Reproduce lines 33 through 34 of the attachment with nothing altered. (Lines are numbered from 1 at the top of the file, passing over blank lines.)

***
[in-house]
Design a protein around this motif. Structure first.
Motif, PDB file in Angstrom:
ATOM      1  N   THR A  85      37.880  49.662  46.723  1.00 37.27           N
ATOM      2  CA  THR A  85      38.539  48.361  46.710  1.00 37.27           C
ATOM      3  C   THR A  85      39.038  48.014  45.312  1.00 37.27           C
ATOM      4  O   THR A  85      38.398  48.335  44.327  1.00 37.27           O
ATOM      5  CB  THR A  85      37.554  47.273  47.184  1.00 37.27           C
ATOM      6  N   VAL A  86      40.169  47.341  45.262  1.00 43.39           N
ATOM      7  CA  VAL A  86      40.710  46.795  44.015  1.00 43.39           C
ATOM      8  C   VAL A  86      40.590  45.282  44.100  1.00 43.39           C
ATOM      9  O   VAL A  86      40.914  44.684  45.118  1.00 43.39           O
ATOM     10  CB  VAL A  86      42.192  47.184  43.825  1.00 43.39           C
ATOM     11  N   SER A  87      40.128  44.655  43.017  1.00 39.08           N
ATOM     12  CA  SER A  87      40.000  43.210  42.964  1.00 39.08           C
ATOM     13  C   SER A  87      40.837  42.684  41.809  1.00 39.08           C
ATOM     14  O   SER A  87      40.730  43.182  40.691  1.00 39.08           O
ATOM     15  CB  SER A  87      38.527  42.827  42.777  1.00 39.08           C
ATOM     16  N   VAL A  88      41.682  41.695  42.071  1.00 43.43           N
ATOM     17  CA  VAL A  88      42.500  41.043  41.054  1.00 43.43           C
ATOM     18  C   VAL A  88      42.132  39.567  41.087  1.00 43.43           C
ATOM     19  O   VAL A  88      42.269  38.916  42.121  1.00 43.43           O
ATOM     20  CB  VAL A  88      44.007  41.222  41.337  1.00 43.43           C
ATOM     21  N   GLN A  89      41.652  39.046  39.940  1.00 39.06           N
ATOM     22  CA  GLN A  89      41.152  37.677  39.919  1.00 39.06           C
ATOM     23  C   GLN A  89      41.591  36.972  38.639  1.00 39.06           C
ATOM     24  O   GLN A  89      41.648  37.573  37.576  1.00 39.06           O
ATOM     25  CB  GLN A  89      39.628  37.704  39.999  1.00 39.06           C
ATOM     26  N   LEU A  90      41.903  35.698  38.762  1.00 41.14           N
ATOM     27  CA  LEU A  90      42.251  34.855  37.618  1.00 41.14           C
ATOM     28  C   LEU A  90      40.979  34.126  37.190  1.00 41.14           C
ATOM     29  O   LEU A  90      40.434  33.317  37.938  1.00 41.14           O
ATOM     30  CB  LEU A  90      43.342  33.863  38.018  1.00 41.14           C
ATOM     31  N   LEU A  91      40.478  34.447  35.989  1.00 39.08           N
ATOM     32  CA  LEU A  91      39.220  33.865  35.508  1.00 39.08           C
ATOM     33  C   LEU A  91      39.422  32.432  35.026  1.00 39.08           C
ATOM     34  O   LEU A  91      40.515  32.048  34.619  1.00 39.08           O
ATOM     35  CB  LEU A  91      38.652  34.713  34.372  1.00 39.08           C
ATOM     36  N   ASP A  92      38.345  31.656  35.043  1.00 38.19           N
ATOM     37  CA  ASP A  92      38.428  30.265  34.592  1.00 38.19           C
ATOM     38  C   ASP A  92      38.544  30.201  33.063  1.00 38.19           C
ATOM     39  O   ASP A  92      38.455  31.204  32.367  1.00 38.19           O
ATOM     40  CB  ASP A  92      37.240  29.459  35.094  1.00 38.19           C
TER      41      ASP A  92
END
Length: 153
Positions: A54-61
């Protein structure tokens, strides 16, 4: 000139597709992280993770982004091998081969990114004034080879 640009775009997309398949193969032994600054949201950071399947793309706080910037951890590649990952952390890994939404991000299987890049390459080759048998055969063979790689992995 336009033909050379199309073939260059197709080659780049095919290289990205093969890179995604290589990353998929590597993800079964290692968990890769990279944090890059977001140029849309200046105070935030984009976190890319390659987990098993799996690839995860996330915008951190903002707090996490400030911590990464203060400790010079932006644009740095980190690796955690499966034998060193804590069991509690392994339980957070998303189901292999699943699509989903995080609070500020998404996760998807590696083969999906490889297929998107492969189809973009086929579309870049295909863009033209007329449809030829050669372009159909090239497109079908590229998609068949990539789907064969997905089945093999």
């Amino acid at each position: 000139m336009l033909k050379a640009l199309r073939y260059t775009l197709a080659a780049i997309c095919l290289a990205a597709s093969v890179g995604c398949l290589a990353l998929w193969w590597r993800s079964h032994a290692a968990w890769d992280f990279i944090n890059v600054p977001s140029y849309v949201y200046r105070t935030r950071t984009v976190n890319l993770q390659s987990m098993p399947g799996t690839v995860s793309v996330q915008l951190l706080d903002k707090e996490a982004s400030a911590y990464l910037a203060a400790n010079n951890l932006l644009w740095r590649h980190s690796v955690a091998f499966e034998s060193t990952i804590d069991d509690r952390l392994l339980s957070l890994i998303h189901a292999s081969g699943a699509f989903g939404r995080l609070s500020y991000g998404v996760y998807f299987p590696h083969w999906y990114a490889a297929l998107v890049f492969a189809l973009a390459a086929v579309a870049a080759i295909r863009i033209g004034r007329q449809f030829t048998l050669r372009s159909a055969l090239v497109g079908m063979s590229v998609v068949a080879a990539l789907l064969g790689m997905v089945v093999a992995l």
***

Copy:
ATOM     30  CB  LEU A  90      43.342  33.863  38.018  1.00 41.14           C
ATOM     31  N   LEU A  91      40.478  34.447  35.989  1.00 39.08           N